Out-Law News 3 min. read

UK government drops use of ‘BAME’

The UK government will no longer use the term ‘BAME’ to refer to different ethnic minority groups within society, it has confirmed.

The government said it was acting on a recommendation from the Commission on Race and Ethnic Disparities as it strives to “report responsibly on race”.

‘BAME’ is an acronym that has been used to collectively classify people of black, Asian and minority ethnic backgrounds. However, in a new ‘Inclusive Britain’ strategy, the government said it would no longer use the term so as “to communicate more effectively on racial issues and to avoid lumping together different ethnic minority groups”. It said it “will encourage other public sector bodies to do the same”.

“Reporting on news and issues around ethnic minorities needs to be done sensitively, accurately and responsibly in order to maintain trust of communities, as well as the rest of civil society and public institutions,” the government said. “One of the key principles we hold for demonstrating inclusion is not to lump together different groups of individuals with different perspectives and experiences just because they are not white. Segregating by race in this way is clumsy and actually results in exclusion and not inclusion.”

“By reporting disparities by ‘BAME’ and not responsibly disaggregating ethnicity data, there is the risk of misinforming the public on key social issues,” it said.

The Race Disparity Unit (RDU), which sits within the Cabinet Office, will “engage with people from different ethnic groups to better understand the language and terminology that they identify with” and also “review how media coverage of race and ethnicity issues impact the communities being covered”, the government said.

Richard Foley, senior partner at Pinsent Masons, said: “Eradicating prejudice and the barriers to progression faced by minority ethnic individuals should be a priority for all organisations. The terminology used to describe minority groups is important in fostering an inclusive workplace. That is why Pinsent Masons stopped using ‘BAME’ some time ago. However, while making changes in the terminology used in policies, communications and other organisational literature is a welcome first step, it is not sufficient on its own to provide an inclusive environment. Put simply, business leaders need to step up and acknowledge the impact they can have in engaging on this important issue and working with their people to affect genuine change.”

“There is a weight of evidence that shows that organisations that champion diversity and inclusion across their business are more equipped to maintain an inclusive environment for their people in which everyone is confident and able to bring their whole selves to work. Diversity across an organisation promotes diversity of thought and enables a business to be innovative in how it achieves its strategic objectives. We recognise the role we must play in eradicating barriers to entry and progression for minority ethnic people. This is why we have set targets of our own at Pinsent Masons for improving ethnic diversity in our workforce,” he said.

A series of other actions were pledged by the government in its report.

New standards for government departments and other public bodies on how to record, understand and communicate ethnicity data will be proposed and put out for consultation by the RDU before the end of 2022, it said. The RDU will also lead on the development of new recommendations to “encourage responsible and accurate reporting on race issues”. The government has set a deadline of June 2023 for those recommendations to be developed.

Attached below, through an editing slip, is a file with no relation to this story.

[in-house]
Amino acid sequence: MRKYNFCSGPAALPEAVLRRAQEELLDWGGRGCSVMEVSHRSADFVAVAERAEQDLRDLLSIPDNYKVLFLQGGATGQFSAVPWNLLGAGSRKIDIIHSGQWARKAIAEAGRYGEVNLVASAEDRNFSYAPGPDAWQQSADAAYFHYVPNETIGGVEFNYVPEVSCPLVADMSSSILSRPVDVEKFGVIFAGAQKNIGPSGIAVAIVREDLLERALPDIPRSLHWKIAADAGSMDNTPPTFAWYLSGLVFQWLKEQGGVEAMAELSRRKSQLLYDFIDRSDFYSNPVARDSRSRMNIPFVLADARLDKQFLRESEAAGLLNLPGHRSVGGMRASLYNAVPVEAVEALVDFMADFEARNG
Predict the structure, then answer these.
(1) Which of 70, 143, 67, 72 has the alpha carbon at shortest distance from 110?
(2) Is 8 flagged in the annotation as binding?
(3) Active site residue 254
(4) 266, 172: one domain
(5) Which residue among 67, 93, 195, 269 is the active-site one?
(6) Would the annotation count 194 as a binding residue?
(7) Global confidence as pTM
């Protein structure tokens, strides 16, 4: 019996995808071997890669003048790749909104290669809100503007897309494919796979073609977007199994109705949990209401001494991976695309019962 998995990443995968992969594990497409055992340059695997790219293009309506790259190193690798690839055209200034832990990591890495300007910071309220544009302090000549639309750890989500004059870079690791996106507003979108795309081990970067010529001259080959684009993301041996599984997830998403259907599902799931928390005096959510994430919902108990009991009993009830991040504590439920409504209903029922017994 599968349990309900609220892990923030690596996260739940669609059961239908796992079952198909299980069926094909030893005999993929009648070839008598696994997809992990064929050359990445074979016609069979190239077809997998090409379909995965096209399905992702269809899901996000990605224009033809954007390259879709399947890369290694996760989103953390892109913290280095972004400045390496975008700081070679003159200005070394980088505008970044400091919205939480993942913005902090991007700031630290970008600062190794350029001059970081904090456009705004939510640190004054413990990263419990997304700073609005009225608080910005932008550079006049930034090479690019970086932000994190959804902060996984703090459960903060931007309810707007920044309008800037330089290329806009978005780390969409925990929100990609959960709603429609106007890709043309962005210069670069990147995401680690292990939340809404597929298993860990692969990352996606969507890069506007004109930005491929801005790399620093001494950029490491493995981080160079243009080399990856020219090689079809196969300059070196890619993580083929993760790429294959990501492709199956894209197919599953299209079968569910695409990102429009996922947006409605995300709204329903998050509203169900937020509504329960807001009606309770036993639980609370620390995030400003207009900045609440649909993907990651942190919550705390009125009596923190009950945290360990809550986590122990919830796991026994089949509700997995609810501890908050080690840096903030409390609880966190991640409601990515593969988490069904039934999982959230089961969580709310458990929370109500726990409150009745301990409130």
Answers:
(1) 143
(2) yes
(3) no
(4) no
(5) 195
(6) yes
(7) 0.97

Other actions include plans to invest in the Equality and Human Rights Commission’s “enforcement activity” to “challenge race discrimination through investigations and supporting individual cases”. The Office for AI is also expected to set out “how to address potential racial bias in algorithmic decision-making” in a white paper later this year that is expected to outline the “national position on governing and regulating AI”.

According to a separate new report, 89 of the FTSE 100 companies had minority ethnic representation on their company boards as of 31 December 2021. That report charts progress against a target, set by the Parker Review in 2017, for all FTSE 100 boards to have at least one director from an ethnic minority background by 2021.

Since the start of 2022, ethnic director appointments have been announced by a further five FTSE 100 companies. Three other FTSE 100 companies are “are actively engaging in recruitment”, according to the latest Parker Review update report.

Tom Proverbs-Garbett of Pinsent Masons, who specialises in corporate governance, said: “Although there is clear movement, the majority of minority ethnic directors are non-executive directors, and it remains the case that in the FTSE 100 there are only six CEOs and three chairs from minority ethnic groups.”

“One of the principles of the UK Corporate Governance Code is that a board ensures that appointments are subject to a formal, rigorous and transparent procedure, that there is an effective succession plan, and that appointments and succession plans should be based on merit and objective criteria in the context of promoting diversity of gender, social and ethnic backgrounds, among other things. Boards must continue to give this disparity serious thought,” he said.

“In a related development, the House of Commons’ Women and Equalities Committee has examined the case for mandatory ethnicity pay gap reporting and published a recent report recommending that the government makes ethnicity pay gap reporting, with a supporting narrative, mandatory by April 2023, accompanied by an action plan. This is an issue that, rightly, will become uncomfortable for boards where progress is not made,” he said.

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